“I don’t think it’s good publicity if I drop dead picketing in front of police headquarters, and I have two signs [critical of] the police,” he said.

Last September, Maria suffered a heart attack and underwent triple bypass surgery. He missed a few days of protesting for the first time to be by her side as she recovered, and thinks the stress of the ordeal is partly to blame for her health problems.

Patrick Smith, another former LAPD cop who knows Carbera from his West L.A. days, said he too lost friends on the job after he challenged what he saw as discrimination for an on-the-job injury.

“They’re so scared of the machine, the department and what they can do to you, that they won’t even talk to you,” Smith said. “They’re afraid to even be associated or to be seen talking to you.”

After his lawsuit was thrown out, Cabrera said, he began trying to call in favors. He reached out to Lt. Craig Lally, a police union leader who testified on his behalf during his disciplinary hearing.

Lally stopped returning his phone calls, he said. But he kept trying to reach him, as well as other league members, begging for help.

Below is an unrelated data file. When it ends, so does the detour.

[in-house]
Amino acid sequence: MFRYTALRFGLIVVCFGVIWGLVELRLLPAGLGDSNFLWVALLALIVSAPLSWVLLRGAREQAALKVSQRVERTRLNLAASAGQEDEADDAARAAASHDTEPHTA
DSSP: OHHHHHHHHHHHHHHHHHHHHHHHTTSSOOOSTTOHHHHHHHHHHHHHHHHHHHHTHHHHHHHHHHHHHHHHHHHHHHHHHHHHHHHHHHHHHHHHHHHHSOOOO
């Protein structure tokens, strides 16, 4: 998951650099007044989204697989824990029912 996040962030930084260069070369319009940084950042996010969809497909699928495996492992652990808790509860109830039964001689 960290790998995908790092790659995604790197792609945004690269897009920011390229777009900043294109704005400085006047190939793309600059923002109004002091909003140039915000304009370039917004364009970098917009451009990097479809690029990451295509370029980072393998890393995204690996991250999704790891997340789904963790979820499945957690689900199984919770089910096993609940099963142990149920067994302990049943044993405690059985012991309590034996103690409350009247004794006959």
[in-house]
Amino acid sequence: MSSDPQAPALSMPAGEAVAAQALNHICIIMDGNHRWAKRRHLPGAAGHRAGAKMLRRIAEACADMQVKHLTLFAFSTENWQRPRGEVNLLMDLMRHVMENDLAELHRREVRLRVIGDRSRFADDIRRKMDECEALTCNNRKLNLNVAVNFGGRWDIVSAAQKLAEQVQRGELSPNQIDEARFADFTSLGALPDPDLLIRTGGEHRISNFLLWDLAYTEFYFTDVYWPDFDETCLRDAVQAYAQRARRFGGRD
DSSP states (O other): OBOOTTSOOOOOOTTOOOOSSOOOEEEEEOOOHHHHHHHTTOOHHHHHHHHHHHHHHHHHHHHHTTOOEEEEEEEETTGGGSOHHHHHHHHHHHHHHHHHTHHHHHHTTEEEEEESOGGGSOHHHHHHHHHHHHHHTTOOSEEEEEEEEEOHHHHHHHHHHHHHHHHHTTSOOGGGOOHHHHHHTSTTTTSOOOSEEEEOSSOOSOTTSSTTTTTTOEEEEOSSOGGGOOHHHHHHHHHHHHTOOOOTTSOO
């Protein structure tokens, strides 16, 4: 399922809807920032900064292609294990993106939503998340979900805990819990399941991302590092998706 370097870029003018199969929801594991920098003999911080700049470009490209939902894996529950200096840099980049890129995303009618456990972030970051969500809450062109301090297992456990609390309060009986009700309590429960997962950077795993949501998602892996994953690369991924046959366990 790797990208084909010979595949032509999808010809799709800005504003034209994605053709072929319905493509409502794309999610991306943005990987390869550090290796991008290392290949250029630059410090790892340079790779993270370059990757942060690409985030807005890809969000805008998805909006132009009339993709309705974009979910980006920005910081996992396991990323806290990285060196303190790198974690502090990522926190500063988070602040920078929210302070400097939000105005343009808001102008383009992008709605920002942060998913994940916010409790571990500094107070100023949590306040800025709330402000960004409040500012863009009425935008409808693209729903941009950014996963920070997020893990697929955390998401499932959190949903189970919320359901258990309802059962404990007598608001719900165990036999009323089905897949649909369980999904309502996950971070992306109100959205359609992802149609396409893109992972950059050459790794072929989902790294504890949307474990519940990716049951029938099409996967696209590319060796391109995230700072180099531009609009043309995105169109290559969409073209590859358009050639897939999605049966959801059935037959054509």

Eventually, he said, he got an email from Robert Rico, the league’s general counsel.

“I will not mince words,” the July 2022 email began. “Quite simply, and in layman’s terms, you do not have a case.”

Rico said neither the Police Protective league nor Lally had failed Cabrera. Furthermore, Rico wrote, Lally had helped reform the LAPD’s disciplinary system that Cabrera called “corrupt” through a charter amendment that allowed officers to have their cases heard by all-civilian panels.

“And they are now overwhelmingly prevailing on their matters,” Rico wrote. The amendment’s passing “caused much consternation within groups that are not friendly to the police including the ACLU, BLM and the LA Times (Google it).”

Cabrera hasn’t written Rico back.

Nor, he said, does he plan to end his protest anytime soon.